The newly-released Range Rover Sport, the fastest production Land Rover to date, was pitted against Britain's most famous fighter aircraft in a high-speed off-road race along the grass airstrip at the Goodwood Aerodrome in Sussex.
Land Rover was invited to take part in the challenge, formulated by Goodwood's FortyOneSix.com website as a curtain raiser for the annual Festival of Speed, where the new Range Rover Sport made its UK debut.
The race - the first of its kind at the airfield - involved a straight drag run down and back on the runway, punctuated by a U-turn. It was particularly challenging being conducted on the bumpy grass airfield, hence the 'off-road' tag for the race.
The Supermarine Spitfire lined up for the contest was a 1945-vintage model, piloted by Matt Jones from the Boultbee Flight Academy. Powered by a 1,750bhp V12 Merlin engine, it has a maximum airspeed of 640kph, and its typical acceleration on take-off is up to 128kph before the wheels leave the ground, making it a strong contender for victory against the Land Rover.
Mike Cross, Jaguar Land Rover's Chief Vehicle Integrity Engineer, was at the wheel of the Range Rover Sport, a 5.0-litre supercharged V8 model with 375kW (510hp) on tap. The Sport features an all-aluminium monocoque body, making it 420kgs lighter than the model it replaces. Cross added that the Sport will also do the 0 - 100kph sprint in 5.0 seconds - not bad for a 4x4!
Even though grass is one of the most challenging terrains on which to gain traction, for both acceleration and breaking, Cross still managed to clock a top speed of 210kph before braking for the mid-race turn.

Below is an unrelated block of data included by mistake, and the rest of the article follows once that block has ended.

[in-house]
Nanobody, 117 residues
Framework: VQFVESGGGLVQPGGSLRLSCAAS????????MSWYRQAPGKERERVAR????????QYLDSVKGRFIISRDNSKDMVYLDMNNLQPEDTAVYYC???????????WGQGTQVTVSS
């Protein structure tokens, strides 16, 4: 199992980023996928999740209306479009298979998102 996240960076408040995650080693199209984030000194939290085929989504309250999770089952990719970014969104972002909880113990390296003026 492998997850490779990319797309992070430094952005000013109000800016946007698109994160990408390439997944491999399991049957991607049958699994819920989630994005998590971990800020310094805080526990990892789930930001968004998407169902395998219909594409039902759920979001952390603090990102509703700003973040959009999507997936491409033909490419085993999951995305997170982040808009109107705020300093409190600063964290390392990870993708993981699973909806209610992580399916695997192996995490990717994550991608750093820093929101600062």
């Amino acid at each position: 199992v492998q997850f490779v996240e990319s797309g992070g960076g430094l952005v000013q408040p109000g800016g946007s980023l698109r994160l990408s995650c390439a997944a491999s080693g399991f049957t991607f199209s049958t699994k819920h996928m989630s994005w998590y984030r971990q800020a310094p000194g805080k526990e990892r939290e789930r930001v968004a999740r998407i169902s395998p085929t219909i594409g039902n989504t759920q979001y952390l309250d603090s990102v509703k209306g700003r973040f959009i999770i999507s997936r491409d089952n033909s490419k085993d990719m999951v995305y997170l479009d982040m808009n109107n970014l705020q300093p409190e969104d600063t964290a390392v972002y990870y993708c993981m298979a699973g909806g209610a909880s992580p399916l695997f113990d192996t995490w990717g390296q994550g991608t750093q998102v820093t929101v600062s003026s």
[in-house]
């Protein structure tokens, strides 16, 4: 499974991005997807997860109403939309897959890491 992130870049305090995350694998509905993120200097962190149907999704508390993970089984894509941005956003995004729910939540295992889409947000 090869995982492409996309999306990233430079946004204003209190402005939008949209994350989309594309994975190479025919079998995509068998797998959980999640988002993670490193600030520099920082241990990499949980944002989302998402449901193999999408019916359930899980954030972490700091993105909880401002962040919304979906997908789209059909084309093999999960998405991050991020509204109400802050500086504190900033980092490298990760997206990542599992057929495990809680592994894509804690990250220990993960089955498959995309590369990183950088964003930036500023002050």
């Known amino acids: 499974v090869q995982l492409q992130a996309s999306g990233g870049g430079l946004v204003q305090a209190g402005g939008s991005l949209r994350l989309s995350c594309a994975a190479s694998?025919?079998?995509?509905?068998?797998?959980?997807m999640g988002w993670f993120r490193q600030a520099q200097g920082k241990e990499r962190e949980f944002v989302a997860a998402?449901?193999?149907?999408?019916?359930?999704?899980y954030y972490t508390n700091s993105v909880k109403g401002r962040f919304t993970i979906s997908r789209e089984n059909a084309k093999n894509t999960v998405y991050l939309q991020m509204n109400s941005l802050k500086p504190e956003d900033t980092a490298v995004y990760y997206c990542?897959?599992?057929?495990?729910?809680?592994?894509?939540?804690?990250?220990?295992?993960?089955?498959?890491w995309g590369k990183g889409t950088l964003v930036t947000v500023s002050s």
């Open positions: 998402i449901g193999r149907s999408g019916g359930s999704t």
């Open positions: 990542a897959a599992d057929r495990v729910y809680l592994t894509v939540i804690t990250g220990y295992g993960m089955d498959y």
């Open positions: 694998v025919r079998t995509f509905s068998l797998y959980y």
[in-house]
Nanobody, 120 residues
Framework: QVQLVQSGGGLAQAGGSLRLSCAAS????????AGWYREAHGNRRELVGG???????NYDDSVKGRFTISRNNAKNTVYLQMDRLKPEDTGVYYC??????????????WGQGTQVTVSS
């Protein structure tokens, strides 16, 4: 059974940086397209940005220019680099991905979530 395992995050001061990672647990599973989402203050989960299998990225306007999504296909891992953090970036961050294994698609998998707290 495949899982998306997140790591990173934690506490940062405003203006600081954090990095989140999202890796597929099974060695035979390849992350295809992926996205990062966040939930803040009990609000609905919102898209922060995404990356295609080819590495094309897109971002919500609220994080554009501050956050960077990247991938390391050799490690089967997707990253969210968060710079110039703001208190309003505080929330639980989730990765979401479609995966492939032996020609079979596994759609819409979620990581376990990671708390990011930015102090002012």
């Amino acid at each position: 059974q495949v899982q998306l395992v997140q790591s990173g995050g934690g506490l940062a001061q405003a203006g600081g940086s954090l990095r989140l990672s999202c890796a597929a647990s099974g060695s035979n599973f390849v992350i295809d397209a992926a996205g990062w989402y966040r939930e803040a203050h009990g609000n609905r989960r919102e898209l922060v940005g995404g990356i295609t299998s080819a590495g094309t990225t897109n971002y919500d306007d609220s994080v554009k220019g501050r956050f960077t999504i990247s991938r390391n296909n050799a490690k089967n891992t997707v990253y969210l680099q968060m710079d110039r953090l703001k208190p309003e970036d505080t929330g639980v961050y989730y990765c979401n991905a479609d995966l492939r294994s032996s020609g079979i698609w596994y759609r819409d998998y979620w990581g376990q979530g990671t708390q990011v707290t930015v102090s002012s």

The turn was helped by the Sport's new Torque Vectoring technology, which contributes to stable and secure cornering by applying appropriate braking to the inside wheels.
"It's always difficult to find traction from a standing start on grass, but the Range Rover Sport made a great launch off the line," Cross said. "I was surprised by how bumpy the course was as I accelerated up to 210kph, and of course the other extreme challenge is to brake in time for the turn-around, but the car felt composed throughout the whole run."
While Cross was doing that, the Spitfire was executing an 'Immelman Turn' for the return leg, then swooping down to fly at treetop height alongside the Range Rover.
So, who won? It was a close-run thing, but video of the race (viewable at www.fortyonesix.com) shows the Range Rover Sport edged out the Spitfire - just!
In addition to FortyOneSix (Goodwood's online magazine and social media website), the film will also be available on Land Rover's social media channels.
Australian release for the Range Rover Sport has yet to be confirmed.